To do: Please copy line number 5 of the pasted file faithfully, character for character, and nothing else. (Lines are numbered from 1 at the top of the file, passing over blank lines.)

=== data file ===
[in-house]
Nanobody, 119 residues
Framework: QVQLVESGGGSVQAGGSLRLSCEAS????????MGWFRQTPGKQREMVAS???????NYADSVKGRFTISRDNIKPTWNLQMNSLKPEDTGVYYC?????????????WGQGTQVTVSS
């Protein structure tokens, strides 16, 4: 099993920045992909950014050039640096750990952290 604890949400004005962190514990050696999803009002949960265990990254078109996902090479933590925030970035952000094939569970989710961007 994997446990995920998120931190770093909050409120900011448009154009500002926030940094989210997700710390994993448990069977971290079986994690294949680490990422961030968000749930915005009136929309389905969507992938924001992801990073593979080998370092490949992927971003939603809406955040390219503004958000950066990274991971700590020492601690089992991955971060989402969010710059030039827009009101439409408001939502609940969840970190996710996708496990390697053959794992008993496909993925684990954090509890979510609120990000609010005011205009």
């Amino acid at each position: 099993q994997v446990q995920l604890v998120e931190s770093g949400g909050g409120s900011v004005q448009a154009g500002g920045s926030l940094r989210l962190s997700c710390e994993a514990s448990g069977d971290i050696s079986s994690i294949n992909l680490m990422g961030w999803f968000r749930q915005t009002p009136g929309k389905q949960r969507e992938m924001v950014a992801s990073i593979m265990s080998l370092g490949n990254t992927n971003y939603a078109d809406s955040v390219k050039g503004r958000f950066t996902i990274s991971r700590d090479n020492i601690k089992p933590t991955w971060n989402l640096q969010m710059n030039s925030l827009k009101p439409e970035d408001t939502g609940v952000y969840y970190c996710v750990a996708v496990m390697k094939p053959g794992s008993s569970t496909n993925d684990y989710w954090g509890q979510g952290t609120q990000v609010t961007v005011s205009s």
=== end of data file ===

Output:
């Amino acid at each position: 099993q994997v446990q995920l604890v998120e931190s770093g949400g909050g409120s900011v004005q448009a154009g500002g920045s926030l940094r989210l962190s997700c710390e994993a514990s448990g069977d971290i050696s079986s994690i294949n992909l680490m990422g961030w999803f968000r749930q915005t009002p009136g929309k389905q949960r969507e992938m924001v950014a992801s990073i593979m265990s080998l370092g490949n990254t992927n971003y939603a078109d809406s955040v390219k050039g503004r958000f950066t996902i990274s991971r700590d090479n020492i601690k089992p933590t991955w971060n989402l640096q969010m710059n030039s925030l827009k009101p439409e970035d408001t939502g609940v952000y969840y970190c996710v750990a996708v496990m390697k094939p053959g794992s008993s569970t496909n993925d684990y989710w954090g509890q979510g952290t609120q990000v609010t961007v005011s205009s």